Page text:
Foxconn Blood Rage Features
- Support for Core i7 LGA1366 CPUs at 4.8-6.4GT/s QPI
- Intel X58 northbridge and ICH10R southbridge
- Three1.5V DDR3 DIMM slots supporting up to 12GB of memory
- Two Realtek RTL8111C Gigabit Ethernet controllers
- Four PCI-Express 2.0 x16 slots providing two x16 or four x8
- One PCI-EXpress x1 slot
- One PCI slot
- Six ICH10R SATA 3Gbps ports supporting Intel Matrix RAID 0, 1, 10, 5 and JBOD
- Two SAS/SATA ports from the Marvell 88SE6320 controller
- One IDE port supporting two devices from JMicron JMB363
- Two eSATA ports from JMicron JMB363
- One floppy connector
- Twelve USB 2.0 ports - eight on rear I/O, four via pin-outs
- Texas Instruments IEEE1394a Firewire supporting three ports - two via pin-outs, one on the rear I/O
- SONAR X-Fi Xtreme HD Audio card featuring the premium Realtek ALC889 audio codec supporting EAX 4.0 and CMSS3D.
Foxconn make a sexy looking piece of kit in red and black - certainly better than EVGA in our opinion, but whether it's preferred to Asus RoG or DFI's classic flourescent approach to its UT series. There's no doubt that this is a Quantum Force board though because the branding is littered everywhere.
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It's evident that the design has been poured over meticulously and after a few generations of Quantum Force boards it's nice to see Foxconn getting it very right.
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First of all - the CPU socket - that's 12+2 phases of analogue-digital VRM solely for the purpose of providing the right, stable voltage to both the Core i7 CPU and X58 northbridge. There's no Green hardware on this board either - it's the full fat 14 phases only, which should certainly have more capacity than the needs of anything inserted into a 1366 socket. Foxconn even said the board can work and overclock on just six phases, but in an exercise of sheer over-engineering, it simply doubled it up. Strangely though, Foxconn claims it "reduces motherboard heat" but then also claims they feature "double-sided cooling" implying both down into the board and up into the heatsink. The greater efficiency will reduce overall heat output, but you can't have it both ways, Foxconn.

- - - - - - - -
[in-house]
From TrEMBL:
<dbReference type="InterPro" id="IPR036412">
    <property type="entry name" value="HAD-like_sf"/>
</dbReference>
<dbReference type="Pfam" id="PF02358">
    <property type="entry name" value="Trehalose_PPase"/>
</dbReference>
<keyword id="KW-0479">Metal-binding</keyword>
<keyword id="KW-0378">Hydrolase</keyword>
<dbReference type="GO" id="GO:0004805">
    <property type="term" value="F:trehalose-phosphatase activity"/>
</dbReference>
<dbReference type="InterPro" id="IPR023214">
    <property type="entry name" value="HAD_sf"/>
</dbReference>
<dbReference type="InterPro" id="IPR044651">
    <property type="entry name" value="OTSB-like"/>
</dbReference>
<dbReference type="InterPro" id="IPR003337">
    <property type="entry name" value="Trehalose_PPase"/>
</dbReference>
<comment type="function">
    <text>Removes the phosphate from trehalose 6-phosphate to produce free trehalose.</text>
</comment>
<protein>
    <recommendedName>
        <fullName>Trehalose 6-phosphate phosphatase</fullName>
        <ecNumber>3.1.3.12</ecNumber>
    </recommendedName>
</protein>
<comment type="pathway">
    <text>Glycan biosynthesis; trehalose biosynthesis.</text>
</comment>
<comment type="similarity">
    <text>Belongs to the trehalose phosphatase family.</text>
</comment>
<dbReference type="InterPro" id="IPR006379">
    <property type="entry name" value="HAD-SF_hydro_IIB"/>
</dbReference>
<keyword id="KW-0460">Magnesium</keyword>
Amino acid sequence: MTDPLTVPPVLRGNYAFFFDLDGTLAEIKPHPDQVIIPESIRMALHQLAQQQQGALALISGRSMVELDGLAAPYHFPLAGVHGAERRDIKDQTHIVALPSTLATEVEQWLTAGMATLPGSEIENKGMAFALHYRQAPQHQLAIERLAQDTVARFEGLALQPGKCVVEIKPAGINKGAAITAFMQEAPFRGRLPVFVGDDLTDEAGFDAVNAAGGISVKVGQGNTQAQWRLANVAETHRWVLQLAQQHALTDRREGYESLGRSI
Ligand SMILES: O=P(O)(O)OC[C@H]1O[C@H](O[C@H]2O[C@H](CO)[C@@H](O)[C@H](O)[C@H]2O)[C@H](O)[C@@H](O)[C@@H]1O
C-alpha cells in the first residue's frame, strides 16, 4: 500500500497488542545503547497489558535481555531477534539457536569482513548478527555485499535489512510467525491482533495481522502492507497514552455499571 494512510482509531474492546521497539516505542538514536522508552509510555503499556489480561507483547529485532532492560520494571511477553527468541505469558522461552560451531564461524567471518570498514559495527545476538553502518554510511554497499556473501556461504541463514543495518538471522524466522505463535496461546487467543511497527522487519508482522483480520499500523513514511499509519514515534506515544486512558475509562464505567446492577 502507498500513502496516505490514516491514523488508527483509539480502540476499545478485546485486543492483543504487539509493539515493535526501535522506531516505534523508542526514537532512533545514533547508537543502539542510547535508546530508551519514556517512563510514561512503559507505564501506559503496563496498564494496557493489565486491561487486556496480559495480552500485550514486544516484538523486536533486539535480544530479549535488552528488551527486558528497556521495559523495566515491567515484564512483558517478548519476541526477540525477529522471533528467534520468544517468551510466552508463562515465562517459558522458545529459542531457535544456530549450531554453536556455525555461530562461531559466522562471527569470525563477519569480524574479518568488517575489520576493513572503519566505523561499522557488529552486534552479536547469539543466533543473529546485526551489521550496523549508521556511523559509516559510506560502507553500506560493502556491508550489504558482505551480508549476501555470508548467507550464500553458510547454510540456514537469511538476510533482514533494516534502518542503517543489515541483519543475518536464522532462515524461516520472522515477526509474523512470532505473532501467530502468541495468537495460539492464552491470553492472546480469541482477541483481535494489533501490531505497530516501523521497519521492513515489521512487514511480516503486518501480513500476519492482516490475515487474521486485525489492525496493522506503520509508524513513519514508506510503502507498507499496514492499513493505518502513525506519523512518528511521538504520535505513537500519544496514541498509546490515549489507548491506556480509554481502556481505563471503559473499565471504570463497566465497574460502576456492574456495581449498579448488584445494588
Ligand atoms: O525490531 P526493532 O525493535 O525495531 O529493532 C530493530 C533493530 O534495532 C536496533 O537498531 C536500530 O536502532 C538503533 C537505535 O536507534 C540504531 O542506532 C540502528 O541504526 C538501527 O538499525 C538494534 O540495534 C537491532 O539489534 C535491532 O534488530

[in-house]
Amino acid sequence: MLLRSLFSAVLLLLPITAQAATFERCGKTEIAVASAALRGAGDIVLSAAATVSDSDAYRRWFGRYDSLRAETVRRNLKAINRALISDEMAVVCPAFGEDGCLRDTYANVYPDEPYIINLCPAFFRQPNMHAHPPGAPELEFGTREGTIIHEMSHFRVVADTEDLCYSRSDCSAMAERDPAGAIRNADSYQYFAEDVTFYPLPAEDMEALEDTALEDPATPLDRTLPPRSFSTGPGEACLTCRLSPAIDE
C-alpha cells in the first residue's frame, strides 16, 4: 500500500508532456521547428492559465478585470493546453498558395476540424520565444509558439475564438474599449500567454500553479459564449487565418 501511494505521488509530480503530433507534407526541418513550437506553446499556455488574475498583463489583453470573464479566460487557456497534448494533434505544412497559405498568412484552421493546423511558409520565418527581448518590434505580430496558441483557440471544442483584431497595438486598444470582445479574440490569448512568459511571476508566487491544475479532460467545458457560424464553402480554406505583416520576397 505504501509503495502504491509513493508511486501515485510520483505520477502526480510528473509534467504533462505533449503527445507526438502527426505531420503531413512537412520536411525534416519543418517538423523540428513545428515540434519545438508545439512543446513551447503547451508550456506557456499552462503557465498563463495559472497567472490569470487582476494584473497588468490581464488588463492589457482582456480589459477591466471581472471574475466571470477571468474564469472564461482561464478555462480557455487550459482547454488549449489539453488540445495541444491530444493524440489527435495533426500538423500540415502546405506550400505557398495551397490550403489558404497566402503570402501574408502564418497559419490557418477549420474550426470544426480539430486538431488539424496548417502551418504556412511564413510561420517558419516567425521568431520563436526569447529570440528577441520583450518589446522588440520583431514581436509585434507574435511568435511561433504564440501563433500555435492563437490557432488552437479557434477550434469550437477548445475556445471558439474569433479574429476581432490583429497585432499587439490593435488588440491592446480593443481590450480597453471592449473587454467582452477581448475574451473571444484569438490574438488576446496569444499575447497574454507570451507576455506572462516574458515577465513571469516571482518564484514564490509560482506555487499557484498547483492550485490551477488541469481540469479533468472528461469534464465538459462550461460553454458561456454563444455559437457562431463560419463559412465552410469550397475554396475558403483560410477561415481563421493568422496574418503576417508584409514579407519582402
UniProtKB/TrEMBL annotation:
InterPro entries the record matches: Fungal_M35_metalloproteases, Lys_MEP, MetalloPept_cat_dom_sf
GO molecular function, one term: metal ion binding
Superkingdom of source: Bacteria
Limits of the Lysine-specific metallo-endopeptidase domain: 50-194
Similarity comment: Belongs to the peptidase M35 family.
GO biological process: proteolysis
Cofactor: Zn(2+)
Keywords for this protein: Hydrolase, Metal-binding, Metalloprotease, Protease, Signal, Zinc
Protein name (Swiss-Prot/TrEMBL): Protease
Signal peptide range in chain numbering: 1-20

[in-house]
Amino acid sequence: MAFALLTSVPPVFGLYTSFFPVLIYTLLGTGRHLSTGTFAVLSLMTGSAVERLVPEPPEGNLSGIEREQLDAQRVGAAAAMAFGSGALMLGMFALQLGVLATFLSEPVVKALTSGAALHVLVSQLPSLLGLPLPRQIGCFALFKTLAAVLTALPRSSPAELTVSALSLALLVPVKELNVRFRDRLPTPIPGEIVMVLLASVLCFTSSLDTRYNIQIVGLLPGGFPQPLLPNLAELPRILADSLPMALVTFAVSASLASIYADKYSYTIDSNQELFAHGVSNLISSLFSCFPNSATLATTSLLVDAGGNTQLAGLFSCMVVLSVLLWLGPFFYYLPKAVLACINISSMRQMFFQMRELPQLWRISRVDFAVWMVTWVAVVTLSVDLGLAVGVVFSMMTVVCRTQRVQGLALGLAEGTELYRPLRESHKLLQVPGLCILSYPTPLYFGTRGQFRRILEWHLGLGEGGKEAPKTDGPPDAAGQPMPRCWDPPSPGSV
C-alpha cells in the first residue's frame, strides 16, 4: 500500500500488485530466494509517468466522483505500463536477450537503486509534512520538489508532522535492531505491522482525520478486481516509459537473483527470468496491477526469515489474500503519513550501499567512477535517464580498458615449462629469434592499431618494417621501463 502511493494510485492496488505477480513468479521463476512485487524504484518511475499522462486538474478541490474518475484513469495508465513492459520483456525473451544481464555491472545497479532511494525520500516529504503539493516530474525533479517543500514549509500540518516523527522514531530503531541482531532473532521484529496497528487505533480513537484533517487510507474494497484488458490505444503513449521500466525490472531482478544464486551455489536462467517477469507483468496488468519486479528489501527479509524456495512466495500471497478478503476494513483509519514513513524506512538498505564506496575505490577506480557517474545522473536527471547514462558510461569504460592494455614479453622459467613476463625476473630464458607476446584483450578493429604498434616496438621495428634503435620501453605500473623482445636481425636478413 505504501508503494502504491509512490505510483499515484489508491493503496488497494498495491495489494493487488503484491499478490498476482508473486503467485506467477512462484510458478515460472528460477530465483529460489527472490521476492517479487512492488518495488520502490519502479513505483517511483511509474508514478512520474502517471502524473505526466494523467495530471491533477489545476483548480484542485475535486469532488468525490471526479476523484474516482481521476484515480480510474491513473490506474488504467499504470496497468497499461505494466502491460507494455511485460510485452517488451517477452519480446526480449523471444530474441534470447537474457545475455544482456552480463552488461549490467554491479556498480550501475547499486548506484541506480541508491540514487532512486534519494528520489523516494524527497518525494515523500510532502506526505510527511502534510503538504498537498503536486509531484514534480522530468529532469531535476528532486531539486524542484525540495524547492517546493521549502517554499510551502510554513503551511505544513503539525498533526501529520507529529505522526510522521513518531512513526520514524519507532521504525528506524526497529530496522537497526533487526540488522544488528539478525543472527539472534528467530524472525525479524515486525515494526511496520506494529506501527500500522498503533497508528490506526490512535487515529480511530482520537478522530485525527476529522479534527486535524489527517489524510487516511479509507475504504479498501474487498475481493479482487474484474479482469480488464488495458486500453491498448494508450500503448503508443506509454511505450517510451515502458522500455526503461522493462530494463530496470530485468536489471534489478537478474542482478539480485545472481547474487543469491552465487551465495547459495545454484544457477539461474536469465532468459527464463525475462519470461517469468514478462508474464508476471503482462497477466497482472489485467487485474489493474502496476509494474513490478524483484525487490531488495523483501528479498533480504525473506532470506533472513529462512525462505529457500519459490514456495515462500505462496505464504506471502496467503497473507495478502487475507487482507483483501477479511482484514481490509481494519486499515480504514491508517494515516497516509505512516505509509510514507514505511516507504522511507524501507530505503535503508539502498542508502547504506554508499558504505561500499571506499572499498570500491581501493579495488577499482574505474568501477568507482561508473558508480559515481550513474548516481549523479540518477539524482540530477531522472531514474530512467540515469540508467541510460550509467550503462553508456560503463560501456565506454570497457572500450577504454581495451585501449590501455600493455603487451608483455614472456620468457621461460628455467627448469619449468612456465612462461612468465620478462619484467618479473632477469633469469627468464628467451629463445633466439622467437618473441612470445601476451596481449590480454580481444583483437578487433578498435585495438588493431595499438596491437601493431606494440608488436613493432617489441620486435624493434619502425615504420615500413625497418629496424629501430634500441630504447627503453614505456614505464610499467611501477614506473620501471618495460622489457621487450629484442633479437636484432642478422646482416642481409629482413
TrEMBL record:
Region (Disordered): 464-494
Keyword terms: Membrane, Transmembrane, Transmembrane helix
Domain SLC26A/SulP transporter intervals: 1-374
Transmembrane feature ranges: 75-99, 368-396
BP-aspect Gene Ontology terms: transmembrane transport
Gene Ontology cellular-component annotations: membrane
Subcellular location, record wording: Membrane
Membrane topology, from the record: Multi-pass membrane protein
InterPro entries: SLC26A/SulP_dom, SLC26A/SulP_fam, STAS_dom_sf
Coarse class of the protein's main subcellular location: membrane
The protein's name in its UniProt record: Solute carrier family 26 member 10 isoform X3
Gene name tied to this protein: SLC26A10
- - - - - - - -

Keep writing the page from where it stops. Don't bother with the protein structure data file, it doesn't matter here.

Yeah, you read that right above - it's an analogue-digital setup. From the diagram below we can see the small black squares are the driver IC, then a row of small ceramic capacitors before a large and small digital MOSFET Foxconn dubs DirectFET MOSFETs. These two together allow a faster degree of precise switching compared to the traditional analogue only approach.
The downside is that it costs more to use (not that board economics seems to concern Foxconn). The DirectFETs are bonded directly to copper tracks in the motherboard, rather than having legs - it's simply a TSOP versus BGA style design that's held down with an integrated heatspreader, allowing the design to be smaller and cool better, and Foxconn even claims better reliability and efficiency as well.
Finally there are "higher quality" (according to Foxconn) Pulse ferrite cored, environmentally sealed chokes, a row of caps and a few more ceramic capacitors before the CPU socket. This is unlike say, MSI, which uses low profile High-C capacitors for the CPU socket instead.
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The memory power phases mirror the hardware around the CPU, and gets three of the same DirectFET phases, with an additional cooler for them too. Finally, the CPU VTT also gets a couple of phases, but uses standard Power-PAK MOSFETs instead. In addition to all this, the entire board uses Fujitsu RE "50k hr" solid aluminium capped capacitors as well.